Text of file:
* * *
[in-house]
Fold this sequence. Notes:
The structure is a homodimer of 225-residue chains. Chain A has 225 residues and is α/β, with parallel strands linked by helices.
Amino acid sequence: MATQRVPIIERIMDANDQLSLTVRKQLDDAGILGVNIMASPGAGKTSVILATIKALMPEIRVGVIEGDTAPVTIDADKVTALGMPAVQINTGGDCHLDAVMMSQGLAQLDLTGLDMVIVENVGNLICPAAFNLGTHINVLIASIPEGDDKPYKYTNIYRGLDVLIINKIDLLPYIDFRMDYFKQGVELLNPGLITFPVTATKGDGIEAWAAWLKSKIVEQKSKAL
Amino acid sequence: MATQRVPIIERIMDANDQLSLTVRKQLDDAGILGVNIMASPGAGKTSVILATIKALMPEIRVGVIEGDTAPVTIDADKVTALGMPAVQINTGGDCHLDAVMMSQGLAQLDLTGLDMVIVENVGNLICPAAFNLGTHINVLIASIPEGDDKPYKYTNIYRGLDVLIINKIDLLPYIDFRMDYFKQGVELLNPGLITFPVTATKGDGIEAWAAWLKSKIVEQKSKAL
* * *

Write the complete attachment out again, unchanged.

[in-house]
Fold this sequence. Notes:
The structure is a homodimer of 225-residue chains. Chain A has 225 residues and is α/β, with parallel strands linked by helices.
Amino acid sequence: MATQRVPIIERIMDANDQLSLTVRKQLDDAGILGVNIMASPGAGKTSVILATIKALMPEIRVGVIEGDTAPVTIDADKVTALGMPAVQINTGGDCHLDAVMMSQGLAQLDLTGLDMVIVENVGNLICPAAFNLGTHINVLIASIPEGDDKPYKYTNIYRGLDVLIINKIDLLPYIDFRMDYFKQGVELLNPGLITFPVTATKGDGIEAWAAWLKSKIVEQKSKAL
Amino acid sequence: MATQRVPIIERIMDANDQLSLTVRKQLDDAGILGVNIMASPGAGKTSVILATIKALMPEIRVGVIEGDTAPVTIDADKVTALGMPAVQINTGGDCHLDAVMMSQGLAQLDLTGLDMVIVENVGNLICPAAFNLGTHINVLIASIPEGDDKPYKYTNIYRGLDVLIINKIDLLPYIDFRMDYFKQGVELLNPGLITFPVTATKGDGIEAWAAWLKSKIVEQKSKAL